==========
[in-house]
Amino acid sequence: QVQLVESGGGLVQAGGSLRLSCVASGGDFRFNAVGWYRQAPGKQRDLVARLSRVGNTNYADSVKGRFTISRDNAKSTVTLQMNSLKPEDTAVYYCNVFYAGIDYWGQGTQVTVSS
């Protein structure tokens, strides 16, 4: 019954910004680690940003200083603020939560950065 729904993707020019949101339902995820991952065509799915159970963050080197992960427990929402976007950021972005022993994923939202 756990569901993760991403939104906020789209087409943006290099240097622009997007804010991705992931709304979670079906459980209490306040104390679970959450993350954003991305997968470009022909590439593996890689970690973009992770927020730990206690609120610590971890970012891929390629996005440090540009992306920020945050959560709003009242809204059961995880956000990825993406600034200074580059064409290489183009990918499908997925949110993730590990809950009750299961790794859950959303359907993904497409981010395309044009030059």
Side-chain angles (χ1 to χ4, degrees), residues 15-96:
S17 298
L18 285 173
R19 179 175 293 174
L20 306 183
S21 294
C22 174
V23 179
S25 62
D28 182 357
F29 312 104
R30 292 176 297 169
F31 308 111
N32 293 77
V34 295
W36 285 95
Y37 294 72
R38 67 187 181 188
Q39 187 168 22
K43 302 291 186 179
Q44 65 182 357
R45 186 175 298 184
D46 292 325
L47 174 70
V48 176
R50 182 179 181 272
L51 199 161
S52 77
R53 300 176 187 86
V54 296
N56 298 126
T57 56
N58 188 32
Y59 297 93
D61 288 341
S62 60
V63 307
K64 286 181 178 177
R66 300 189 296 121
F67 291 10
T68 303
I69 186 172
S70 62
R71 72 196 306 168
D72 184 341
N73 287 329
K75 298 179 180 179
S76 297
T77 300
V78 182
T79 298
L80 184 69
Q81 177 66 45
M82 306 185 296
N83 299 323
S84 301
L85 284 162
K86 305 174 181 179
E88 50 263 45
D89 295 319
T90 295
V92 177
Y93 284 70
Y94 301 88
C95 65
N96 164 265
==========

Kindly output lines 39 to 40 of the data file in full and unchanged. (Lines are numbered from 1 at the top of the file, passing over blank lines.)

S62 60
V63 307